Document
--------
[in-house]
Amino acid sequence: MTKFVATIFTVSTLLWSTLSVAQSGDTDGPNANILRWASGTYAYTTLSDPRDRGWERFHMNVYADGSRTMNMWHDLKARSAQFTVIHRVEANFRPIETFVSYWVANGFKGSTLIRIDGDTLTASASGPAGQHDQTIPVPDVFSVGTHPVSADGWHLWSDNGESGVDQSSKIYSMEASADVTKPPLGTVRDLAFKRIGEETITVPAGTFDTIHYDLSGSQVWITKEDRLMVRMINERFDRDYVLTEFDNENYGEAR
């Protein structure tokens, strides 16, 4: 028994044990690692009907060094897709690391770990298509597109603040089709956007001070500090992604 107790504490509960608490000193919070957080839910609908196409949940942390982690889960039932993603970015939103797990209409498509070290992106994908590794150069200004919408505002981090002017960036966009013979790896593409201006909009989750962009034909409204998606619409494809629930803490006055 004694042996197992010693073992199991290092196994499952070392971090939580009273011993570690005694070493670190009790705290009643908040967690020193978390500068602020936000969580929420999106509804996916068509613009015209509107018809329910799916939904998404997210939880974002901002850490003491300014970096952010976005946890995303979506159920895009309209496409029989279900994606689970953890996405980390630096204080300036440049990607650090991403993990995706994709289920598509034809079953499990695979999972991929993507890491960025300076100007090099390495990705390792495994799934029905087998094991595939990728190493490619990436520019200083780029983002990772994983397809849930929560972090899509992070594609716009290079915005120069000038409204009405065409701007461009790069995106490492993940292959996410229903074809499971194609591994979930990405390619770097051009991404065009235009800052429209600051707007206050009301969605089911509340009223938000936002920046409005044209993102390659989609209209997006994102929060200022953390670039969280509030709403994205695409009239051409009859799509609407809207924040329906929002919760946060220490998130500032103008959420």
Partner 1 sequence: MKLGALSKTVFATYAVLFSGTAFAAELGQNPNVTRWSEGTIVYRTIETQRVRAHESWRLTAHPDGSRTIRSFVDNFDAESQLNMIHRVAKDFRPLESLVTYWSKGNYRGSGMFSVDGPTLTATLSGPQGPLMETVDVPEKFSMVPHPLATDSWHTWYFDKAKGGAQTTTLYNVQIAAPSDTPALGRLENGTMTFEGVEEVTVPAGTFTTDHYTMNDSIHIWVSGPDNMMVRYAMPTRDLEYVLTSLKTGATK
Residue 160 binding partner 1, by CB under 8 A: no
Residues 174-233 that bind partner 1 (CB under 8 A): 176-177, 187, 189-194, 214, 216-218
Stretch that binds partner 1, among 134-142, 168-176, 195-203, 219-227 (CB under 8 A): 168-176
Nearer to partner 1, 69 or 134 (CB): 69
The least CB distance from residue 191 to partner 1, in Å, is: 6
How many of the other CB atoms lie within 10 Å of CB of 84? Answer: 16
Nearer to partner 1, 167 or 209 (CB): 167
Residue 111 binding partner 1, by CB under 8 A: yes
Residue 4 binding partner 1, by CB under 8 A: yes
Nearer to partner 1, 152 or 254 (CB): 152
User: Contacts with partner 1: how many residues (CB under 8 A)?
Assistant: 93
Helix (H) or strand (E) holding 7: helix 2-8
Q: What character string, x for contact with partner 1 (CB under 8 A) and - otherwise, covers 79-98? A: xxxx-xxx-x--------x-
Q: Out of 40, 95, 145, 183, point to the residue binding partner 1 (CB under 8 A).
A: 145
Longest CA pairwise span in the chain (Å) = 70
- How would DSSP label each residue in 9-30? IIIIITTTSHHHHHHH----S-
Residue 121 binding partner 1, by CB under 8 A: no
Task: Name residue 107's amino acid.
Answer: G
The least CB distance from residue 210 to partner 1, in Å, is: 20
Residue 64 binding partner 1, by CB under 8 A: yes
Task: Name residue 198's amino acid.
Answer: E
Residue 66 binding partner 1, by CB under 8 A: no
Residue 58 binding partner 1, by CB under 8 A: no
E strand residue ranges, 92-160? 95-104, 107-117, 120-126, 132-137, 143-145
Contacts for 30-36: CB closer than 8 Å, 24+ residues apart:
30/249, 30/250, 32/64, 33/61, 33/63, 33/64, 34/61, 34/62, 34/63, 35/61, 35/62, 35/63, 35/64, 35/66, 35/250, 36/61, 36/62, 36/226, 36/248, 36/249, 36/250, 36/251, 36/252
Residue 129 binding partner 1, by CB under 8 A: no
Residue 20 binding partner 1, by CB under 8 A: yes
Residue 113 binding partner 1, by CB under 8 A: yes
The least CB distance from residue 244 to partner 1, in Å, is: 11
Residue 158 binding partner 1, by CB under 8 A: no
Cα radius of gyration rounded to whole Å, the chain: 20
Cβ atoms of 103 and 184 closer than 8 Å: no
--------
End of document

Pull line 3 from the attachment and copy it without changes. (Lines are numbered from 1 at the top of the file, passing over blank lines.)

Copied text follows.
């Protein structure tokens, strides 16, 4: 028994044990690692009907060094897709690391770990298509597109603040089709956007001070500090992604 107790504490509960608490000193919070957080839910609908196409949940942390982690889960039932993603970015939103797990209409498509070290992106994908590794150069200004919408505002981090002017960036966009013979790896593409201006909009989750962009034909409204998606619409494809629930803490006055 004694042996197992010693073992199991290092196994499952070392971090939580009273011993570690005694070493670190009790705290009643908040967690020193978390500068602020936000969580929420999106509804996916068509613009015209509107018809329910799916939904998404997210939880974002901002850490003491300014970096952010976005946890995303979506159920895009309209496409029989279900994606689970953890996405980390630096204080300036440049990607650090991403993990995706994709289920598509034809079953499990695979999972991929993507890491960025300076100007090099390495990705390792495994799934029905087998094991595939990728190493490619990436520019200083780029983002990772994983397809849930929560972090899509992070594609716009290079915005120069000038409204009405065409701007461009790069995106490492993940292959996410229903074809499971194609591994979930990405390619770097051009991404065009235009800052429209600051707007206050009301969605089911509340009223938000936002920046409005044209993102390659989609209209997006994102929060200022953390670039969280509030709403994205695409009239051409009859799509609407809207924040329906929002919760946060220490998130500032103008959420």